Social Odors Conveying Dominance and Reproductive Information Induce Rapid Physiological and Neuromolecular Changes in a Cichlid Fish

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Simoes, Jose M.
Barata, Eduardo N.
Harris, Rayna M.
O'Connell, Lauren A.
Hofmann, Hans A.
Oliveira, Rui F.

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BioMed Central


Social plasticity is a pervasive feature of animal behavior. Animals adjust the expression of their social behavior to the daily changes in social life and to transitions between life-history stages, and this ability has an impact in their Darwinian fitness. This behavioral plasticity may be achieved either by rewiring or by biochemically switching nodes of the neural network underlying social behavior in response to perceived social information. Independent of the proximate mechanisms, at the neuromolecular level social plasticity relies on the regulation of gene expression, such that different neurogenomic states emerge in response to different social stimuli and the switches between states are orchestrated by signaling pathways that interface the social environment and the genotype. Here, we test this hypothesis by characterizing the changes in the brain profile of gene expression in response to social odors in the Mozambique Tilapia, Oreochromis mossambicus. This species has a rich repertoire of social behaviors during which both visual and chemical information are conveyed to conspecifics. Specifically, dominant males increase their urination frequency during agonist encounters and during courtship to convey chemical information reflecting their dominance status.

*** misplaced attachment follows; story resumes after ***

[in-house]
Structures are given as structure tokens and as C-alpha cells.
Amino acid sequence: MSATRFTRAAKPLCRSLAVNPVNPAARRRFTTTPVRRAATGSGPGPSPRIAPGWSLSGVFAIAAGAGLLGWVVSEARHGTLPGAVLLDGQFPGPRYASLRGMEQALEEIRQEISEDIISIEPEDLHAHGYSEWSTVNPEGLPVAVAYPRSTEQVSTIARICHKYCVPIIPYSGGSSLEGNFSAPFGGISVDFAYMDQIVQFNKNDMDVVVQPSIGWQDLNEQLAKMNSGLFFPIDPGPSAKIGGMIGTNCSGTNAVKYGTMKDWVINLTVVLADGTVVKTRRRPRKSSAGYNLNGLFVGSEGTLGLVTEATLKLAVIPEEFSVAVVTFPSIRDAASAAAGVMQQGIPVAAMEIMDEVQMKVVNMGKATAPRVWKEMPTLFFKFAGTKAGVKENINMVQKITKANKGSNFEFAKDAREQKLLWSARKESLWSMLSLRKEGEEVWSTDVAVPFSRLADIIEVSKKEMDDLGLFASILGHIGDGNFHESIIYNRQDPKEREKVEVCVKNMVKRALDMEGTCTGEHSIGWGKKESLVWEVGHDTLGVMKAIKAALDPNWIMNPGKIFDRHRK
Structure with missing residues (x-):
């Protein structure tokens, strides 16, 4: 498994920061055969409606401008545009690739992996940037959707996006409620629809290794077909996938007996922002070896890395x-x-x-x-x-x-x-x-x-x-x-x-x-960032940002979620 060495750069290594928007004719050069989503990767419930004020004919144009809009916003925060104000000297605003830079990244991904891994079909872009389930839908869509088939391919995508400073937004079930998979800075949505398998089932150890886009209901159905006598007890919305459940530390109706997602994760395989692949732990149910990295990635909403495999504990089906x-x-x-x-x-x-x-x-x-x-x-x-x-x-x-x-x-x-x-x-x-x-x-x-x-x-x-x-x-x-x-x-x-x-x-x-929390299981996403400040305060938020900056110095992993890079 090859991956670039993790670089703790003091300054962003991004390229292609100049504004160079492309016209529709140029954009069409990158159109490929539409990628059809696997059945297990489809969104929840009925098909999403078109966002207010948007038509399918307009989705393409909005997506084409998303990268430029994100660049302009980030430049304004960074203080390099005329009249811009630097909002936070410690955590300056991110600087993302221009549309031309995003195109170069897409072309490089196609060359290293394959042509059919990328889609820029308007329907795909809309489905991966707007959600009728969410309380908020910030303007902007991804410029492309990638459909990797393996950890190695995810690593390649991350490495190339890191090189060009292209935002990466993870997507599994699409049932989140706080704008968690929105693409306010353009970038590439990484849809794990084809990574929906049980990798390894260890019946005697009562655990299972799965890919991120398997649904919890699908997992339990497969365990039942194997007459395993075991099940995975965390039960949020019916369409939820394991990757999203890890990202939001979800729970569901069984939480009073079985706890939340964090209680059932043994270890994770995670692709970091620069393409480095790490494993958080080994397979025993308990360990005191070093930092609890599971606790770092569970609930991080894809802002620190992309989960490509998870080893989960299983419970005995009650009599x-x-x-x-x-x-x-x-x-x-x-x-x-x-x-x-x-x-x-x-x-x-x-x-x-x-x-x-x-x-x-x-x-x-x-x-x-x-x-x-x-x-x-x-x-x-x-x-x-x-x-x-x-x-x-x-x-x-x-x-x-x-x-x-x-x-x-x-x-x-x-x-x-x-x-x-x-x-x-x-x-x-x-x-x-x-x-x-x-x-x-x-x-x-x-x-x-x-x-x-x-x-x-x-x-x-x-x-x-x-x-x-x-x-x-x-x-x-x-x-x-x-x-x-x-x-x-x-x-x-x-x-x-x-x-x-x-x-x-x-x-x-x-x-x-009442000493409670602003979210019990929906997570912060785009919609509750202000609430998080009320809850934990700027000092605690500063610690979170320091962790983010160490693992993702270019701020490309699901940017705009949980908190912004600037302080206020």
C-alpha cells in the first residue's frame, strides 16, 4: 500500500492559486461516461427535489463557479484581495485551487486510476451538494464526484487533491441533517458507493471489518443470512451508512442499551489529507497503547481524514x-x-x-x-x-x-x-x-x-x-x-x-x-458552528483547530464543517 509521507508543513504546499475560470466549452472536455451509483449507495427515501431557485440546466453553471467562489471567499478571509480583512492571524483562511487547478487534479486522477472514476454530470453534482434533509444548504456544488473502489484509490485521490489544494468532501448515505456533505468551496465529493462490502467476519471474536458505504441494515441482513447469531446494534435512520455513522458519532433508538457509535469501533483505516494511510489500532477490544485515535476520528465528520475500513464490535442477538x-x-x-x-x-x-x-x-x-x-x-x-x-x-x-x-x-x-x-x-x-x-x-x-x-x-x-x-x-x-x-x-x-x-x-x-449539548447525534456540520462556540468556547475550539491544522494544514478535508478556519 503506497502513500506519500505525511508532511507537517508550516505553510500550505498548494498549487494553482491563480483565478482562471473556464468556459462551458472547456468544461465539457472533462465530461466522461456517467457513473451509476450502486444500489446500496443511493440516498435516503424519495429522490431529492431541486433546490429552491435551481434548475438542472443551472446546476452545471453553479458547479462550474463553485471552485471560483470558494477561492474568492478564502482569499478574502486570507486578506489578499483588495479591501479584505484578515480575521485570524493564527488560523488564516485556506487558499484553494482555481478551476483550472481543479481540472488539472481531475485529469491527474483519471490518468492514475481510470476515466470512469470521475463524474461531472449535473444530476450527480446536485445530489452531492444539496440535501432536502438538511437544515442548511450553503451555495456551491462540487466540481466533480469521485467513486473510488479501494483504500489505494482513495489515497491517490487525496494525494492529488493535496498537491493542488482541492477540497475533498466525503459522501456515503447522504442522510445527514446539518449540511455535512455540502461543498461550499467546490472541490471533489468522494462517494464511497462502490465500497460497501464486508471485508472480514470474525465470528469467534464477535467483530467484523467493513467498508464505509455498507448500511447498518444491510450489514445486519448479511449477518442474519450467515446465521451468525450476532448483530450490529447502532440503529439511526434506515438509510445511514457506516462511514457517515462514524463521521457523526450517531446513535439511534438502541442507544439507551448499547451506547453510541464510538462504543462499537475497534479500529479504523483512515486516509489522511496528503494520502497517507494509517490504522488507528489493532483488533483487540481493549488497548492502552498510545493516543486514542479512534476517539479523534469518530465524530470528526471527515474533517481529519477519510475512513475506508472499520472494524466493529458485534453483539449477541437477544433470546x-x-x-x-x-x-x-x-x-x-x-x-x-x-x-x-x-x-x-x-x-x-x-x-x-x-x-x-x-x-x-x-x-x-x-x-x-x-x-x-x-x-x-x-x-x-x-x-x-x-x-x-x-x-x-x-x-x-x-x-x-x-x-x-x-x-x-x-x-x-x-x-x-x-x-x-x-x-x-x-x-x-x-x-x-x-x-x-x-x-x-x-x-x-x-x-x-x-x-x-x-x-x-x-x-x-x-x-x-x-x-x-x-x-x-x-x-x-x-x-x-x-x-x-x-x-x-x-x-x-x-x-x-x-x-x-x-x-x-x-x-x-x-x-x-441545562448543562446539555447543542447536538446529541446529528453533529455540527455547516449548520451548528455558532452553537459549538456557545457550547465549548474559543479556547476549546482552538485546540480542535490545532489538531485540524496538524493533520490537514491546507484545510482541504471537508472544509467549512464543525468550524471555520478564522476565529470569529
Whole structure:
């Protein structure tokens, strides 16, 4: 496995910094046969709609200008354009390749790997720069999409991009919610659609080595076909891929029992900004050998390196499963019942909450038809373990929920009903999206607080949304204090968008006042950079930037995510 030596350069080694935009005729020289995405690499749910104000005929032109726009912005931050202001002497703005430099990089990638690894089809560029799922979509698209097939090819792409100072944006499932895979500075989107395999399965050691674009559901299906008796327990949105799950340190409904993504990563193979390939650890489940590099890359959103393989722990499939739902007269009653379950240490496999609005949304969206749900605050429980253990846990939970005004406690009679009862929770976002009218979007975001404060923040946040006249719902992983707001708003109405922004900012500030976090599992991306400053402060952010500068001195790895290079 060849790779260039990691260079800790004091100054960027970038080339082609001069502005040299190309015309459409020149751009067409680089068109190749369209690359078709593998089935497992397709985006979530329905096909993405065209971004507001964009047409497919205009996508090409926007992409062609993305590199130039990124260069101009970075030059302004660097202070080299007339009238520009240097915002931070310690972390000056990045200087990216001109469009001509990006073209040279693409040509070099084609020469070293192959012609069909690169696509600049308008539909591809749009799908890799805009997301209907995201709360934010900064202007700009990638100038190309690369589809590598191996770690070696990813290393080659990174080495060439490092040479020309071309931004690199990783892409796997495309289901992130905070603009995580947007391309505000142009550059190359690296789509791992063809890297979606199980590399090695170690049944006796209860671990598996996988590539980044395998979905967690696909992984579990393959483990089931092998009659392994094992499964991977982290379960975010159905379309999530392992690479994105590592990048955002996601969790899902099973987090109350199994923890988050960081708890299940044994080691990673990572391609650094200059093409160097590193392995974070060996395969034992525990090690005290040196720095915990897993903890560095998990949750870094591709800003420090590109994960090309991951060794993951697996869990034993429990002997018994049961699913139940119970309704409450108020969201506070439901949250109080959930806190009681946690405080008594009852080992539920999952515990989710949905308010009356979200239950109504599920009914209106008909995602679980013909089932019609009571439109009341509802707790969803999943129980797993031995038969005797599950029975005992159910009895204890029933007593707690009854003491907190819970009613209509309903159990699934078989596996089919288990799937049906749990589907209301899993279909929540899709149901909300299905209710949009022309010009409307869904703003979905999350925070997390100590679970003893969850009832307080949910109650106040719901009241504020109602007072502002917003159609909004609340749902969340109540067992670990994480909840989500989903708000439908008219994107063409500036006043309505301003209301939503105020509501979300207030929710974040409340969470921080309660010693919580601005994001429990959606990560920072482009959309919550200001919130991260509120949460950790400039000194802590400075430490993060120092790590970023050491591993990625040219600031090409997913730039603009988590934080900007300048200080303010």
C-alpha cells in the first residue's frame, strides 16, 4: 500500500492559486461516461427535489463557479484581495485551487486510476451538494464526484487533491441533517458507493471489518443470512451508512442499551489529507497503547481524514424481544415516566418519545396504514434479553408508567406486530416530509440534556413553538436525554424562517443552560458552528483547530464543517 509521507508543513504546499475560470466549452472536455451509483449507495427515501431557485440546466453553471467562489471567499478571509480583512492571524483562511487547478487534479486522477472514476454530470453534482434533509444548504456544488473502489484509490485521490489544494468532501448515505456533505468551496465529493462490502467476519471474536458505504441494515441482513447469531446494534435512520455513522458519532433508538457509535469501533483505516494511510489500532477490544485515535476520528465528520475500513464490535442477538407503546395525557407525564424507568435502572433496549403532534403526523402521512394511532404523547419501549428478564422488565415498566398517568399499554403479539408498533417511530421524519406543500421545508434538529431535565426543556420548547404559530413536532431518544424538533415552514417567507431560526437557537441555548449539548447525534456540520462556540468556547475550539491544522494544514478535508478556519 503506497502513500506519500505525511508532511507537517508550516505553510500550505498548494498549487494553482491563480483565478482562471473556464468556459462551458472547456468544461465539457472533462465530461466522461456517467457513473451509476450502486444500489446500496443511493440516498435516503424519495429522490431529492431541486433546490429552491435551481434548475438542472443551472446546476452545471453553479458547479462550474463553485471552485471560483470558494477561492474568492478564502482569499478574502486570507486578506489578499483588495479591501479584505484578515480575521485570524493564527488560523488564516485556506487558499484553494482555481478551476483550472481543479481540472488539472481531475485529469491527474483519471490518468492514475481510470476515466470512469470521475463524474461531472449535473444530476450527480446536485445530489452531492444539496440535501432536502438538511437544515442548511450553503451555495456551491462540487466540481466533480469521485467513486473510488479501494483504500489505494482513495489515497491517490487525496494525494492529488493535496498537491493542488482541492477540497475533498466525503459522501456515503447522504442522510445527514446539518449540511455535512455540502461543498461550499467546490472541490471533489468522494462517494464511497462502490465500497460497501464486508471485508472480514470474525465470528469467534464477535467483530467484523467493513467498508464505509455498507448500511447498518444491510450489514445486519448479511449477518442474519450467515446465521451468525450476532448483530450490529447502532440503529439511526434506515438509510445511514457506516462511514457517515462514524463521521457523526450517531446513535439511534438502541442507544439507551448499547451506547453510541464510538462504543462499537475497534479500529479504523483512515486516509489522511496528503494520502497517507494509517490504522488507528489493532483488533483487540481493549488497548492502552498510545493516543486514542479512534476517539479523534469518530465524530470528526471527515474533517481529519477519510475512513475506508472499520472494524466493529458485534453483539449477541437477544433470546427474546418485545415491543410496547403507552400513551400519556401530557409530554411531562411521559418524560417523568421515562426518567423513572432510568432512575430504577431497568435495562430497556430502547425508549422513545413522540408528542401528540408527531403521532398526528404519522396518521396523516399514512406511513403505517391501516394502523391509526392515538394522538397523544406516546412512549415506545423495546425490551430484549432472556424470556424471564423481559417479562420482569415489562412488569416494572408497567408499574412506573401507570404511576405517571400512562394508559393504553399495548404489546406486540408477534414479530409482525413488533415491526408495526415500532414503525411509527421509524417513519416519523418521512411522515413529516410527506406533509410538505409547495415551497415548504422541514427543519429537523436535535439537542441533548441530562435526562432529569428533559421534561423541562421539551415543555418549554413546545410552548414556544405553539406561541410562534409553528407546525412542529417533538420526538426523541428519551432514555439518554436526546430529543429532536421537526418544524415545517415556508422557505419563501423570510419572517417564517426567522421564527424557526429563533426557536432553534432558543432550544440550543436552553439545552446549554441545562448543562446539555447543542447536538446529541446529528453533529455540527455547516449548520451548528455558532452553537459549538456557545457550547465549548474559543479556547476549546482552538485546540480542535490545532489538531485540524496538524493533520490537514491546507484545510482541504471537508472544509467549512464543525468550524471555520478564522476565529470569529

1 Unidade de Investigação em Eco-Etologia, ISPA - Instituto Universitário, Rua Jardim do Tabaco 34, 1149-041 Lisbon, Portugal. 2 Integrative Behavioural Biology Lab, Instituto Gulbenkian de Ciência, Oeiras, Portugal. 3 Champalimaud Neuroscience Programme, Champalimaud Foundation, Lisbon, Portugal. 4 CCMAR-CIMAR Laboratório Associado, Universidade do Algarve, Campus de Gambelas, 8005-139 Faro, Portugal. 5 Departamento de Biologia, Universidade de Évora, Apartado 94, 7002-554 Évora, Portugal. 6 Institute for Cellular and Molecular Biology, University of Texas at Austin, Austin, TX, USA. 7 Department of Integrative Biology, University of Texas at Austin, Austin, TX, USA. 8Institute for Neuroscience, University of Texas at Austin, Austin, TX, USA. 9Current address: FAS

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Simões, José M., Eduardo N. Barata, Rayna M. Harris, Lauren A. O’Connell, Hans A. Hofmann, and Rui F. Oliveira. "Social odors conveying dominance and reproductive information induce rapid physiological and neuromolecular changes in a cichlid fish." BMC genomics 16, no. 1 (2015): 1.